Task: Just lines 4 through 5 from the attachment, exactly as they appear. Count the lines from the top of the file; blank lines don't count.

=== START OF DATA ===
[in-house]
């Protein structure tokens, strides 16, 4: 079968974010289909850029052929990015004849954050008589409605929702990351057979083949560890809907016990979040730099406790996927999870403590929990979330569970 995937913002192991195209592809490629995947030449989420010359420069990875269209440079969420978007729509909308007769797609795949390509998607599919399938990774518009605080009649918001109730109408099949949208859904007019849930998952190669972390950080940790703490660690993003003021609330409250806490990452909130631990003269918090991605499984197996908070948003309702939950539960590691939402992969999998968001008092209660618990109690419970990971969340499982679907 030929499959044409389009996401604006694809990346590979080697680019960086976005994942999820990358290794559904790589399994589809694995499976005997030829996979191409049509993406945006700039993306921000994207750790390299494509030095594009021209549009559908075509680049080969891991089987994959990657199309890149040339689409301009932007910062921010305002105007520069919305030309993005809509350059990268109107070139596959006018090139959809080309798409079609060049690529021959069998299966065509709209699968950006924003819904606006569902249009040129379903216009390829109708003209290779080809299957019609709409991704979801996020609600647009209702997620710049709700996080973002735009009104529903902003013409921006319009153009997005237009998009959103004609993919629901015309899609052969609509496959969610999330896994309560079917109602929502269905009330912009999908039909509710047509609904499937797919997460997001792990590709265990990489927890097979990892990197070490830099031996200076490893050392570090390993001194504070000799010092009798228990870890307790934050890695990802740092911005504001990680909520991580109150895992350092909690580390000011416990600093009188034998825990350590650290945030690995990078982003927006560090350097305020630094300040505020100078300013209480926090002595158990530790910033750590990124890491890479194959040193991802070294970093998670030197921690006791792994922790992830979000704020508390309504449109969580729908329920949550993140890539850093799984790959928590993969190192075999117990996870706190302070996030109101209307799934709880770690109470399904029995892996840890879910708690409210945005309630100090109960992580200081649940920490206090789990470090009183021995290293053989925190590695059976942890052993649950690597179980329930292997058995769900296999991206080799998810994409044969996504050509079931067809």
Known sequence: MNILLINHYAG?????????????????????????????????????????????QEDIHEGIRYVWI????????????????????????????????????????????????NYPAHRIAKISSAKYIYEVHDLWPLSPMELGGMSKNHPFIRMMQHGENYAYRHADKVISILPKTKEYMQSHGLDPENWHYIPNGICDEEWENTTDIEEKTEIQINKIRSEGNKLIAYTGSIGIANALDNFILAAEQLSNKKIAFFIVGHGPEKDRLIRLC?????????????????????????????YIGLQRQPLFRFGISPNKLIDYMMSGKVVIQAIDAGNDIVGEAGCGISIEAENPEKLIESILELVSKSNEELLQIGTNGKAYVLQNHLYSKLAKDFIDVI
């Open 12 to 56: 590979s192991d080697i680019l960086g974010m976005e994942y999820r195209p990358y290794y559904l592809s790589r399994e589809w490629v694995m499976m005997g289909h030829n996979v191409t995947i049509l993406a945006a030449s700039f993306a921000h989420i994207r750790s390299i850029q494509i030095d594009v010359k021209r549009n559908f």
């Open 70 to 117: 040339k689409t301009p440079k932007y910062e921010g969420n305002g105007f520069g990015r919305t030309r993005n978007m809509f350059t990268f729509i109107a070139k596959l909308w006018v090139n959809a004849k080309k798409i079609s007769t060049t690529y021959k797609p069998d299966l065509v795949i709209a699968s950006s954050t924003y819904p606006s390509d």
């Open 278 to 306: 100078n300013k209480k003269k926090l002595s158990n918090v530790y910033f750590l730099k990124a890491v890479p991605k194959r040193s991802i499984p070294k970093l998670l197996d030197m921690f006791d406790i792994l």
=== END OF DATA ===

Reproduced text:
């Open 12 to 56: 590979s192991d080697i680019l960086g974010m976005e994942y999820r195209p990358y290794y559904l592809s790589r399994e589809w490629v694995m499976m005997g289909h030829n996979v191409t995947i049509l993406a945006a030449s700039f993306a921000h989420i994207r750790s390299i850029q494509i030095d594009v010359k021209r549009n559908f």
């Open 70 to 117: 040339k689409t301009p440079k932007y910062e921010g969420n305002g105007f520069g990015r919305t030309r993005n978007m809509f350059t990268f729509i109107a070139k596959l909308w006018v090139n959809a004849k080309k798409i079609s007769t060049t690529y021959k797609p069998d299966l065509v795949i709209a699968s950006s954050t924003y819904p606006s390509d």